Welcome to Our Practice.

Welcome to Northwest Podiatry in West Bloomfield!

Welcome to the website of Northwest Podiatry in West Bloomfield! We want all our patients to be informed decision makers and fully understand any health issues you face. That's why we've developed a website loaded with valuable information about podiatry and podiatric problems and treatments. We encourage you to visit this site whenever you have concerns about your feet.

Our website also provides you with background about our, staff, office hours, appointment procedures, maps, directions to our office in West Bloomfield, and other useful information. We know how hectic life can be and are committed to making our practice convenient and accessible. And we want you to feel confident that when you choose Northwest Podiatry you're working with doctors who are qualified, experienced and compassionate.

Our doctors also see patients at an office in Warren.  Hours and contact information for the Warren office is included here as well.

Please take a few moments to look through this site to get a better understanding of our capabilities and services. We also invite you to contact us or call our office or contact us online anytime to request an appointment or ask any questions. Thank you!

Dr. Jeffrey Schwalb, Dr. Chad Schwalb, Dr. Lee Hoffman

Your Feet Tell a Story.
We are here to Listen.


Diabetes affects an array of individuals in the United States.  According to the Center for  Disease Control (CDC) there are an estimated 30.3 million cases in the U.S with approximately 7.2 million individuals not aware they have the disease.  For people with diabetes, the        podiatrists of Northwest Podiatry share that taking care of their feet is especially vital.  More than 60 percent of all non-traumatic lower-limb amputations worldwide are related to           complications from the disease, according to the American Diabetes Association.

Diabetes is the inability to manufacture or properly use insulin, impairing the body’s ability to regulate sugar (glucose) levels which provide energy to cells and tissues throughout the body.  Therefore, it is a disease that affects many parts of the body and is associated with serious complications such as: heart disease; stroke; blindness; kidney failure; and lower limb       amputations. The leading cause of hospitalization among people with diabetes is foot  ulcers and infections, but most of those problems are largely preventable.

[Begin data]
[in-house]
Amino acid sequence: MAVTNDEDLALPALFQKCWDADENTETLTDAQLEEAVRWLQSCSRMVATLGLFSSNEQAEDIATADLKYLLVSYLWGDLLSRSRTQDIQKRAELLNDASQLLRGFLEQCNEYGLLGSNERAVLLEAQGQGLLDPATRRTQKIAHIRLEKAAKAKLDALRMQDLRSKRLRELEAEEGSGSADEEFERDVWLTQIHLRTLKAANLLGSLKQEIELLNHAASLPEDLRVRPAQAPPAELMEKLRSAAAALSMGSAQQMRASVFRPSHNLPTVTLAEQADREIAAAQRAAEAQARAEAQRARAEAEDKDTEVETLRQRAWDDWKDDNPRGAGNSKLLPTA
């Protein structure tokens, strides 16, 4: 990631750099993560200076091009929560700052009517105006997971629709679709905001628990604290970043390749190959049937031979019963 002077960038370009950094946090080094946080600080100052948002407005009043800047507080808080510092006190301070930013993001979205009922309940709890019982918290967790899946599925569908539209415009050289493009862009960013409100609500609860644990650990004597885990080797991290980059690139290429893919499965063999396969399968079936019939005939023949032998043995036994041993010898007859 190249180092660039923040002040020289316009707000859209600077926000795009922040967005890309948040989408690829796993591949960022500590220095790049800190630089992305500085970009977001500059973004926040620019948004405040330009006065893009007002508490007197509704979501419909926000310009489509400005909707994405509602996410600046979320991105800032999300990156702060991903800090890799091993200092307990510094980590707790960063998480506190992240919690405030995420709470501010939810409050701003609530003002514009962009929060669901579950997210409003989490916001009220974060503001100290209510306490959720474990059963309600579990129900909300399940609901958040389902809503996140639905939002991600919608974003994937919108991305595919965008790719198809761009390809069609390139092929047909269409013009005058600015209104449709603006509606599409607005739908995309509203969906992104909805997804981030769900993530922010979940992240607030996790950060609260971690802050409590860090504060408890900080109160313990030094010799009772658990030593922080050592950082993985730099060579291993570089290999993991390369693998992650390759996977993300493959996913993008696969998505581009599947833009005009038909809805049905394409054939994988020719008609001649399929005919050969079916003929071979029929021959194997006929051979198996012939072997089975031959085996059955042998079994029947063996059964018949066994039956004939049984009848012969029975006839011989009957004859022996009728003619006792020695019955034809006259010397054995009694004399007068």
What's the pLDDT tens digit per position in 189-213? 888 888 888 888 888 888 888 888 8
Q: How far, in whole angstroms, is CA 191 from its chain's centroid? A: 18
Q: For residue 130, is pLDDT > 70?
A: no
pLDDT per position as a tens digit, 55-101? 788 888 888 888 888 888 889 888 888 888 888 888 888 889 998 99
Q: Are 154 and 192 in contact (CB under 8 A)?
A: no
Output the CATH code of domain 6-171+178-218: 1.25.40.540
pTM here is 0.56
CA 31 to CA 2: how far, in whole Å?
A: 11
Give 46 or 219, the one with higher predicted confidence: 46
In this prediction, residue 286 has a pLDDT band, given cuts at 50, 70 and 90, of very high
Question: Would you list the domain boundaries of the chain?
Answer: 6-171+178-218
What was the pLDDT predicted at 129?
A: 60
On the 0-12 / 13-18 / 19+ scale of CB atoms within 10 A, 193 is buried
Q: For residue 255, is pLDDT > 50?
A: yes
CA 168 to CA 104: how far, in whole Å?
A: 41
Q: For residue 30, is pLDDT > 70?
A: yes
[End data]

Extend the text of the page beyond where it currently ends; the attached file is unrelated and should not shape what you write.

While is it extremely important for those with diabetes to receive regular foot exams by a podiatrist, keeping feet healthy to remain active can often    prevent one from developing Type 2 diabetes.  Our feet are our foundation. Keeping them healthy improves quality of life.

While there is no cure for diabetes, there are many ways of managing it.  With proper diet, exercise, medical care and careful management at home, serious complications can be avoided and a person with diabetes may enjoy a full and active life. 

Managing and treating the disease requires a team of specialists to guide and treat persons with the disease.  A person with diabetes should have the following specialists within their Medical Neighborhood:  Primary Care  Physician, Endocrinologist; Ophthalmologist; Dentist; Vascular Surgeon: and a Podiatrist. 

Podiatrists are physicians and surgeons that are specially trained to treat foot conditions that can be caused by diabetes, such as: neuropathy, infection and ulcers.

While ulcers—open sores on the foot—are the most common diabetes-related foot problem, several others are also serious and prevalent, including neuropathy, skin changes, calluses, poor circulation, and infection.

The nerve damage that diabetes causes may mean a person with an ulcer or injury may be unaware of it until it becomes infected. Infection can lead to partial or full amputation of the foot or lower leg. Regular care from a podiatrist can reduce amputation rates up to 80 percent,    according to research of the American Podiatric Medical Association.

Risk Factors

Prediabetes is a condition that can lead to type 2 diabetes and even heart disease. Your chances of having prediabetes go up if you:

  • Are 45 or older
  • Are Black, Hispanic/Latino, American    Indian, Asian American, or Pacific Islander
  • Have a parent, brother sister with diabetes
  • Are overweight
  • Are physically inactive
  • Have high blood pressure or take medicine for high blood pressure
  • Have low HDL cholesterol and/or high  triglycerides
  • Had diabetes during pregnancy
  • Have been diagnosed with Polycystic   Ovary Syndrome